BACKGROUND: European Society for Medical Oncology Women for Oncology (ESMO W4O) research has previously shown under-representation of female oncologists in leadership roles. As early reports suggested disproportionate effects of the COVID-19 pandemic on women, the ESMO W4O Committee initiated a study on the impact of the pandemic on the lives of female and male oncologists. METHODS: A questionnaire was sent to ESMO members and put on the ESMO website between 8 June 2020 and 2 July 2020. Questions focused on the working (hospital tasks, laboratory tasks, science) and home (household management, childcare, parent care, personal care) lives of oncologists during and after COVID-19-related lockdowns. RESULTS: Of 649 respondents, 541 completed the questionnaire. Of these, 58% reported that COVID-19 had affected their professional career, 83% of whom said this was in a negative way (85% of women versus 76% of men). Approximately 86% reported that COVID-19 had changed their personal life and 82% their family life. Women were again significantly more affected than men: personal life (89% versus 78%; P = 0.001); family life (84% versus 77%; P = 0.037). During lockdowns, women reported increased time spent on hospital and laboratory tasks compared with men (53% versus 46% and 33% versus 26%, respectively) and a significantly higher proportion of women than men spent less time on science (39% versus 25%) and personal care (58% versus 39%). After confinement, this trend remained for science (42% versus 23%) and personal care (55% versus 36%). CONCLUSIONS: The COVID-19 pandemic has adversely affected the professional and home lives of oncologists, especially women. Reduced research time for female oncologists may have long-lasting career consequences, especially for those at key stages in their career. The gender gap for promotion to leadership positions may widen further as a result of the pandemic.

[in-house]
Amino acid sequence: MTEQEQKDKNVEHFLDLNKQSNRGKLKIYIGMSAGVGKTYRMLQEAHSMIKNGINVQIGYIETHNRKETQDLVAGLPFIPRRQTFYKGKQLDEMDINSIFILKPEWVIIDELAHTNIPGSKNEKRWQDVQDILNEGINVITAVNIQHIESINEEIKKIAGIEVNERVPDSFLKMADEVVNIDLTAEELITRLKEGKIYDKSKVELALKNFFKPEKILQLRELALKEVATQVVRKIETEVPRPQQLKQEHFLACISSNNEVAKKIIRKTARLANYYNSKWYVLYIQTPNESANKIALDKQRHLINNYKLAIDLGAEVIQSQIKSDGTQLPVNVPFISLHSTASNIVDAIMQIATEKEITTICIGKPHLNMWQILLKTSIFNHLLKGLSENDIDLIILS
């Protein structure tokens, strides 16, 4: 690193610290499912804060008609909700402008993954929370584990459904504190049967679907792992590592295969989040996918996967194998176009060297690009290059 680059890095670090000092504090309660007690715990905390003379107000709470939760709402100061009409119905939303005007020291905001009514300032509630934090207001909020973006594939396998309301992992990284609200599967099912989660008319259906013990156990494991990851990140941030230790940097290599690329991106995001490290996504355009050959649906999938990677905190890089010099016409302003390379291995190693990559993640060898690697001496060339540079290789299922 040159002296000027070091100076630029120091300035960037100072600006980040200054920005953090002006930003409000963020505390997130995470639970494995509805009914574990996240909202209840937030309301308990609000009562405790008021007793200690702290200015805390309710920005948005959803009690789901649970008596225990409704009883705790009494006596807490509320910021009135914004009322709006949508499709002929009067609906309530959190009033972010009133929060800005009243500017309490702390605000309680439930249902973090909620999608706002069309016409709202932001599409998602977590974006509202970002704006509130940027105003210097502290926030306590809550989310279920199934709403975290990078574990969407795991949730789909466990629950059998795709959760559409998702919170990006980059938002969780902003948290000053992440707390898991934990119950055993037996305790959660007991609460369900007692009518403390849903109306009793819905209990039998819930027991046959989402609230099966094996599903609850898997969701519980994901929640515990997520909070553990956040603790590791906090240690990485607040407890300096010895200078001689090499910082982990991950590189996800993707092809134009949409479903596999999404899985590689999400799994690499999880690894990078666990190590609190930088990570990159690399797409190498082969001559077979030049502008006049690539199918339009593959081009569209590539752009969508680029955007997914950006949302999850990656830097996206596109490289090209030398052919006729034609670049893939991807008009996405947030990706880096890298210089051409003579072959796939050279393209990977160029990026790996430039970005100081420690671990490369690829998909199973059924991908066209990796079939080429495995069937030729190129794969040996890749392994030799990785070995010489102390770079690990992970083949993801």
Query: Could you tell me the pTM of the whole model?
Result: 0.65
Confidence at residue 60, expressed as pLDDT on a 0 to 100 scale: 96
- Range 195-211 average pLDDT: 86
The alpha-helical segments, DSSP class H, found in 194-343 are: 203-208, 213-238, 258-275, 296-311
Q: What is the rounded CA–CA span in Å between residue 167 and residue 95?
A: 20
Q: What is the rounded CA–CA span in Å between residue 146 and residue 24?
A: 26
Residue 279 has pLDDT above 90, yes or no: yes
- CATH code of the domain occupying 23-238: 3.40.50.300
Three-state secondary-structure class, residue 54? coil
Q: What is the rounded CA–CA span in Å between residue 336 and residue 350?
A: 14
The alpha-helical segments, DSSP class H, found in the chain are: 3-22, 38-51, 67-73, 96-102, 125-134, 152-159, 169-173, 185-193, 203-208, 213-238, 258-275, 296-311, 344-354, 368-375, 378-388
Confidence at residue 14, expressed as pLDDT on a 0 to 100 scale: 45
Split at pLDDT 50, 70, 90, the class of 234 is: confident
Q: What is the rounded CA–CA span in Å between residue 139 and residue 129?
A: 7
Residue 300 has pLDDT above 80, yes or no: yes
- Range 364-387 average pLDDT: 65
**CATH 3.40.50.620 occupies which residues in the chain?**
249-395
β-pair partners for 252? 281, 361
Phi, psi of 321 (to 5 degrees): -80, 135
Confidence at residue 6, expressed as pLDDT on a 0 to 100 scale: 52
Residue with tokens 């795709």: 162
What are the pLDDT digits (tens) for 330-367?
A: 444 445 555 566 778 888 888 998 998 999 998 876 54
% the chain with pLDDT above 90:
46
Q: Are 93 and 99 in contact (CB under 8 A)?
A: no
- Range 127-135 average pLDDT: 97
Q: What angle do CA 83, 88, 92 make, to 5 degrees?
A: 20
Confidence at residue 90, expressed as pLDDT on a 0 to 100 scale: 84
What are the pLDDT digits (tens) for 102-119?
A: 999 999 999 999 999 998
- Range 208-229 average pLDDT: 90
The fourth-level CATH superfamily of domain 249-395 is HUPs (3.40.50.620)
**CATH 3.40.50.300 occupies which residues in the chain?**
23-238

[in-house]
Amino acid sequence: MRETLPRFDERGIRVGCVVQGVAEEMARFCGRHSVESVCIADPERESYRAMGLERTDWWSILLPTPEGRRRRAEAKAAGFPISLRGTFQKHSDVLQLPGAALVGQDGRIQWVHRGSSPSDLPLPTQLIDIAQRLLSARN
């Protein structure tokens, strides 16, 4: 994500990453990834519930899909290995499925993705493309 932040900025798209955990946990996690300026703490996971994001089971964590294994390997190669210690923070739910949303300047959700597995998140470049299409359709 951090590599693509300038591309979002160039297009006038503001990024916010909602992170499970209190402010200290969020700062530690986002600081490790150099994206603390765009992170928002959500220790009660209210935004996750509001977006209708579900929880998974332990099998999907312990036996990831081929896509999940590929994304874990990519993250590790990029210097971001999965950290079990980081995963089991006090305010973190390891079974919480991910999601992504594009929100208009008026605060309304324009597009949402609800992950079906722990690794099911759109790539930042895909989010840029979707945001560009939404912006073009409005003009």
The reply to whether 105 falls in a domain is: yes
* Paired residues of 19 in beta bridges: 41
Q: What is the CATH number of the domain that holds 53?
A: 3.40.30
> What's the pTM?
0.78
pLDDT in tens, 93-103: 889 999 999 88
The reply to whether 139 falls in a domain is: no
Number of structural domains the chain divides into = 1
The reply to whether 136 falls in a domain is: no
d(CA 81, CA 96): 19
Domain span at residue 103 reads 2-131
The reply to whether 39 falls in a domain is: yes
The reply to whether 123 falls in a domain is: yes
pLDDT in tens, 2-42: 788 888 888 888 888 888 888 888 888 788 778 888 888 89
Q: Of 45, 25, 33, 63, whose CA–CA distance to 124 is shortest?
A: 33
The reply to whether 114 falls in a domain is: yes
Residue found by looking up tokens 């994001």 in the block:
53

Subject(s)
COVID-19 , Adult , Communicable Disease Control , Female , Humans , Male , Medical Oncology , Middle Aged , Oncologists , Pandemics , SARS-CoV-2 , Surveys and Questionnaires , Young Adult
9.
Immunooncol Technol ; 6: 1, 2020 Jun.
Article in English | MEDLINE | ID: covidwho-617812
10.
ESMO Open ; 6(2): 100058, 2021 04.
Article in English | MEDLINE | ID: covidwho-1062346

ABSTRACT

BACKGROUND: The impact of the coronavirus disease 2019 (COVID-19) pandemic on well-being has the potential for serious negative consequences on work, home life, and patient care. The European Society for Medical Oncology (ESMO) Resilience Task Force collaboration set out to investigate well-being in oncology over time since COVID-19. METHODS: Two online anonymous surveys were conducted (survey I: April/May 2020; survey II: July/August 2020). Statistical analyses were performed to examine group differences, associations, and predictors of key outcomes: (i) well-being/distress [expanded Well-being Index (eWBI; 9 items)]; (ii) burnout (1 item from eWBI); (iii) job performance since COVID-19 (JP-CV; 2 items). RESULTS: Responses from survey I (1520 participants from 101 countries) indicate that COVID-19 is impacting oncology professionals; in particular, 25% of participants indicated being at risk of distress (poor well-being, eWBI ≥ 4), 38% reported feeling burnout, and 66% reported not being able to perform their job compared with the pre-COVID-19 period. Higher JP-CV was associated with better well-being and not feeling burnout (P < 0.01). Differences were seen in well-being and JP-CV between countries (P < 0.001) and were related to country COVID-19 crude mortality rate (P < 0.05). Consistent predictors of well-being, burnout, and JP-CV were psychological resilience and changes to work hours. In survey II, among 272 participants who completed both surveys, while JP-CV improved (38% versus 54%, P < 0.001), eWBI scores ≥4 and burnout rates were significantly higher compared with survey I (22% versus 31%, P = 0.01; and 35% versus 49%, P = 0.001, respectively), suggesting well-being and burnout have worsened over a 3-month period during the COVID-19 pandemic. CONCLUSION: In the first and largest global survey series, COVID-19 is impacting well-being and job performance of oncology professionals. JP-CV has improved but risk of distress and burnout has increased over time. Urgent measures to address well-being and improve resilience are essential.